Besides the application specifically for me, I see another application, one for Christians and people in general to consider. Again, I see the fences as boundaries for guidance and protection; the people outside the fences represent the world’s temptations. We live in a time when the boundaries are cast aside by the world and even by some Christians, but we suffer when we ignore God’s boundaries. He put them there not to “cramp our style”, but to give us the greatest amount of joy, happiness and peace possible this side of heaven, with the least amount of heartbreak. Isn’t that something worth thinking about?

©P. Booher


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It Takes Faith–A Word About An Empty Tomb

“…the women…found the stone rolled away  from the tomb, but when they entered, they did not find the body of the Lord Jesus.”  (Luke 24:1-3) (NIV)

Although I didn’t go to church often when I was growing up, I knew Easter Sunday was the day Christ rose from the grave. I didn’t connect that fact to anything else in my life–it was just a “religious fact”.  Christ came; He died; He rose. The tomb is empty. That’s good–but what’s that mean?

Years later, that empty tomb–that knowledge I have by faith–gives me hope. The empty tomb gives me hope because Christ was (and is) too big to be held by it. If He is too big for that, He is certainly big enough to handle any and all of the problems I have now or ever will have. He is not at all bothered by any of my problems. He is not fretting about what to do. He has it under control!

The empty tomb gives me hope because it means Christ is living. If He is living, I can reach Him through prayer. I have access to all His comfort, all His kindness, all His understanding of me. He can give guidance, ease my fears, cancel my worries.

That is what the empty tomb means to me now. It takes faith.

©P. Booher


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“The End Justifies the Means”–Really?

No, it doesn’t. I’ve often heard the phrase, “The end justifies the means”, but how you do something (the means) is as important as what you want to achieve (the end).

For example, if I want to lose weight so I’ll be in better health (a good end), but drink only water and eat only grapefruit to do it (an unhealthy means), the end, no matter how good it is, doesn’t justify the means.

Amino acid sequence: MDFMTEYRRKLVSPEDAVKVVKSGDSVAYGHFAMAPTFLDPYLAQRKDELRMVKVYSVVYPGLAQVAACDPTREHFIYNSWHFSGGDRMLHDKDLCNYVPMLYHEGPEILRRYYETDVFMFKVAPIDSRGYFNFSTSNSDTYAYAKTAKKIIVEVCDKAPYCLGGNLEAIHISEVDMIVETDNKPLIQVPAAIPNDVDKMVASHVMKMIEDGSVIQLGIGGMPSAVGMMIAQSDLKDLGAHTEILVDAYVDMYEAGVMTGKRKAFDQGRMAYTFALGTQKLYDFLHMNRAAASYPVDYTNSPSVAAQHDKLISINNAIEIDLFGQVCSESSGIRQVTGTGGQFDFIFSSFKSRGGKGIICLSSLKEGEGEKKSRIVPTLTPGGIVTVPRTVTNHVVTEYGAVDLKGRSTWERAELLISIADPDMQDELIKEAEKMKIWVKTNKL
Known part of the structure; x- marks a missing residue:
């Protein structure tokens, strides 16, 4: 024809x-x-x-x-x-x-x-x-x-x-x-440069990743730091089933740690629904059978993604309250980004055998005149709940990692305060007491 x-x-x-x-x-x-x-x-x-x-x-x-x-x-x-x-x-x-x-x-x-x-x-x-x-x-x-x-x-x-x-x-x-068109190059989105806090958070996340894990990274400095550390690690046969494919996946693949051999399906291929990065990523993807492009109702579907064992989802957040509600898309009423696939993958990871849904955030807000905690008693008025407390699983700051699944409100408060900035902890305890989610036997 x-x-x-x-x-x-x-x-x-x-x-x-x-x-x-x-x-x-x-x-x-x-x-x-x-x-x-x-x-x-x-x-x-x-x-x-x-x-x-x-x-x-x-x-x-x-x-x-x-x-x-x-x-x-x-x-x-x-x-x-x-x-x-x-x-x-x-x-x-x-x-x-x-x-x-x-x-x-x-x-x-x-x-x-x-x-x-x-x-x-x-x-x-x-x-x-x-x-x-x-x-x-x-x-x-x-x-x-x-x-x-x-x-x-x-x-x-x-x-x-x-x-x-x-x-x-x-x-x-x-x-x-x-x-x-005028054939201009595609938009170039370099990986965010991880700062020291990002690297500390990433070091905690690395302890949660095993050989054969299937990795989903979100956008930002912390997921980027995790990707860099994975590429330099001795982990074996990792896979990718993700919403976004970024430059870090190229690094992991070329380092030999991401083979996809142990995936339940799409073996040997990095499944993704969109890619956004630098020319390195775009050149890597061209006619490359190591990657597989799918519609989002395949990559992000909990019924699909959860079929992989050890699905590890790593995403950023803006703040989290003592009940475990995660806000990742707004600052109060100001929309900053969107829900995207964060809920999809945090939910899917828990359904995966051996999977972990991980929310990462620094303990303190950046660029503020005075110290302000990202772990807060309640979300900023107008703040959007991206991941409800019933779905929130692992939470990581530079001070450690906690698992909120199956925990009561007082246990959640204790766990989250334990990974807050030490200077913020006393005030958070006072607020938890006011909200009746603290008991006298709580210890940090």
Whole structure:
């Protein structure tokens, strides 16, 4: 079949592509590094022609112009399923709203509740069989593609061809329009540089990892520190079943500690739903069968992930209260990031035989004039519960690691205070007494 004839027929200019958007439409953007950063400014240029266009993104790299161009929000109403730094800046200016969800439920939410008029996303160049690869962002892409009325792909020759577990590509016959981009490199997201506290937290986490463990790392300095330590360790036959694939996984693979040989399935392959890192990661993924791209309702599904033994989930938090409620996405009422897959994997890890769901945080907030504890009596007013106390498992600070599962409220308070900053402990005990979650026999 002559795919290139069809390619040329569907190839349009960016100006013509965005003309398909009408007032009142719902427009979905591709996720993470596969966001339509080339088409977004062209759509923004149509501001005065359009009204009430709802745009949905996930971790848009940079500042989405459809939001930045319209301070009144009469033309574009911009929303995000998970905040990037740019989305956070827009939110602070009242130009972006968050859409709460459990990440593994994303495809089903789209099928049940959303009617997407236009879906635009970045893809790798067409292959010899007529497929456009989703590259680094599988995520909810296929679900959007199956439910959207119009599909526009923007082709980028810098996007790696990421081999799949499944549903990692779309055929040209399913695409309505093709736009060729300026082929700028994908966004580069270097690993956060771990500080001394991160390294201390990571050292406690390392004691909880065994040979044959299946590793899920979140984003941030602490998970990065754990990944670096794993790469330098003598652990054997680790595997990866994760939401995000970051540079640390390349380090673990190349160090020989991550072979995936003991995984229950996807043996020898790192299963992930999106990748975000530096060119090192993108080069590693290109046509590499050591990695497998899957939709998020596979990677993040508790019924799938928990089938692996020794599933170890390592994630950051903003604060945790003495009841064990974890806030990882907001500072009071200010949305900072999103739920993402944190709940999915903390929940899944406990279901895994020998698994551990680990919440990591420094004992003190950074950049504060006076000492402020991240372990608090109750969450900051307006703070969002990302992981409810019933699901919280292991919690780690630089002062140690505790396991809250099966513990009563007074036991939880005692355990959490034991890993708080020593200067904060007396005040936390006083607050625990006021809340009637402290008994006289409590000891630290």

Say I write a book with a good message. I want this message (the end) to get out to a large number of people, so I use an unethical way (the means) of getting on the best-seller list. I gain an unfair advantage over other authors, who may have just as good a message to proclaim, and I damage my character in the process. The end, no matter how many people I reach, does not justify the means.

If I decide to go on social media and gain an astronomical amount of followers quickly to gain the attention of book publishers, I can go to websites and “buy” those followers. I may attract publishers’ attention, but the “means” are unethical. The end doesn’t justify the means.

I wonder how many innocent people over the centuries died because someone or some group believed, “The end justifies the means”.

©P. Booher


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A Thought About Growth

Daylilies Emerging

Yesterday I flicked aside some old leaves and matted dry grass in flower beds. Underneath the leaves and matted grass, the daffodils, crocuses, and tulips are pushing up towards the sun.

Seeing the persistence they display in pushing through the cover of leaves and grass made me wonder: Am I making the same effort to “push” through the “old leaves” of despair and unhealthy beliefs, and the “mat” of perfectionism to grow in my personal life and faith? While God can and does help me, I have a part to play, too. Am I doing my part?

©P. Booher

Daffodils–persistence pays off!

All photos: Author’s collection

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A Mental Get-Away

The other night I took a mental get-away, courtesy of mingling the low-tech (a book) with the high-tech (the internet).